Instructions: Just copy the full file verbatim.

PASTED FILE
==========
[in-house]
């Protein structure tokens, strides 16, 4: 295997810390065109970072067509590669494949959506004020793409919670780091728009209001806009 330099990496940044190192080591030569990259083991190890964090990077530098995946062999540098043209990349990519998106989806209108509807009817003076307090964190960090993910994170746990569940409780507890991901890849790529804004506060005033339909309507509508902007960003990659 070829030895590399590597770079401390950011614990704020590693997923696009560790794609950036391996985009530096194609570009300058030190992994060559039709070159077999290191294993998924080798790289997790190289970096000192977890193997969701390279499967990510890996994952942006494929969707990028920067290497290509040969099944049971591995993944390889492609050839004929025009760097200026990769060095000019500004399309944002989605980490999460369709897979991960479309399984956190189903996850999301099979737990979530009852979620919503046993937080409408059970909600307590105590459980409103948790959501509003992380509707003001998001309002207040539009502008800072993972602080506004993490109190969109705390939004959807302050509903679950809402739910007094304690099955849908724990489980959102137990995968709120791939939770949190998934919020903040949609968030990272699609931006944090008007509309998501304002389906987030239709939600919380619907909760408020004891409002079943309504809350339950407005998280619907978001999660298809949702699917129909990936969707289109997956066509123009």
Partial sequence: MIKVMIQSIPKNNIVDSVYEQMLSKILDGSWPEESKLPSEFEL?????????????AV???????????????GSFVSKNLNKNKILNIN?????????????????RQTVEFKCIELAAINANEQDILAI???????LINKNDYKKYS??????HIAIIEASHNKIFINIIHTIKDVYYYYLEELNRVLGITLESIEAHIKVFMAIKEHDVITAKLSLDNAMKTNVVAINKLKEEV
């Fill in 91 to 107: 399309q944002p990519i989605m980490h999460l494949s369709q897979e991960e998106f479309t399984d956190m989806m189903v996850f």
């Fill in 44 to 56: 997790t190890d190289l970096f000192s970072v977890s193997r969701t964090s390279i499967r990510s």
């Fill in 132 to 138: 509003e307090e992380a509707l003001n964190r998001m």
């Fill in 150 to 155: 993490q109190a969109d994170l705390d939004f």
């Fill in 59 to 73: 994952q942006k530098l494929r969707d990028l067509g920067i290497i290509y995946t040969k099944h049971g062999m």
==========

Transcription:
[in-house]
């Protein structure tokens, strides 16, 4: 295997810390065109970072067509590669494949959506004020793409919670780091728009209001806009 330099990496940044190192080591030569990259083991190890964090990077530098995946062999540098043209990349990519998106989806209108509807009817003076307090964190960090993910994170746990569940409780507890991901890849790529804004506060005033339909309507509508902007960003990659 070829030895590399590597770079401390950011614990704020590693997923696009560790794609950036391996985009530096194609570009300058030190992994060559039709070159077999290191294993998924080798790289997790190289970096000192977890193997969701390279499967990510890996994952942006494929969707990028920067290497290509040969099944049971591995993944390889492609050839004929025009760097200026990769060095000019500004399309944002989605980490999460369709897979991960479309399984956190189903996850999301099979737990979530009852979620919503046993937080409408059970909600307590105590459980409103948790959501509003992380509707003001998001309002207040539009502008800072993972602080506004993490109190969109705390939004959807302050509903679950809402739910007094304690099955849908724990489980959102137990995968709120791939939770949190998934919020903040949609968030990272699609931006944090008007509309998501304002389906987030239709939600919380619907909760408020004891409002079943309504809350339950407005998280619907978001999660298809949702699917129909990936969707289109997956066509123009």
Partial sequence: MIKVMIQSIPKNNIVDSVYEQMLSKILDGSWPEESKLPSEFEL?????????????AV???????????????GSFVSKNLNKNKILNIN?????????????????RQTVEFKCIELAAINANEQDILAI???????LINKNDYKKYS??????HIAIIEASHNKIFINIIHTIKDVYYYYLEELNRVLGITLESIEAHIKVFMAIKEHDVITAKLSLDNAMKTNVVAINKLKEEV
């Fill in 91 to 107: 399309q944002p990519i989605m980490h999460l494949s369709q897979e991960e998106f479309t399984d956190m989806m189903v996850f």
């Fill in 44 to 56: 997790t190890d190289l970096f000192s970072v977890s193997r969701t964090s390279i499967r990510s």
């Fill in 132 to 138: 509003e307090e992380a509707l003001n964190r998001m």
């Fill in 150 to 155: 993490q109190a969109d994170l705390d939004f």
């Fill in 59 to 73: 994952q942006k530098l494929r969707d990028l067509g920067i290497i290509y995946t040969k099944h049971g062999m």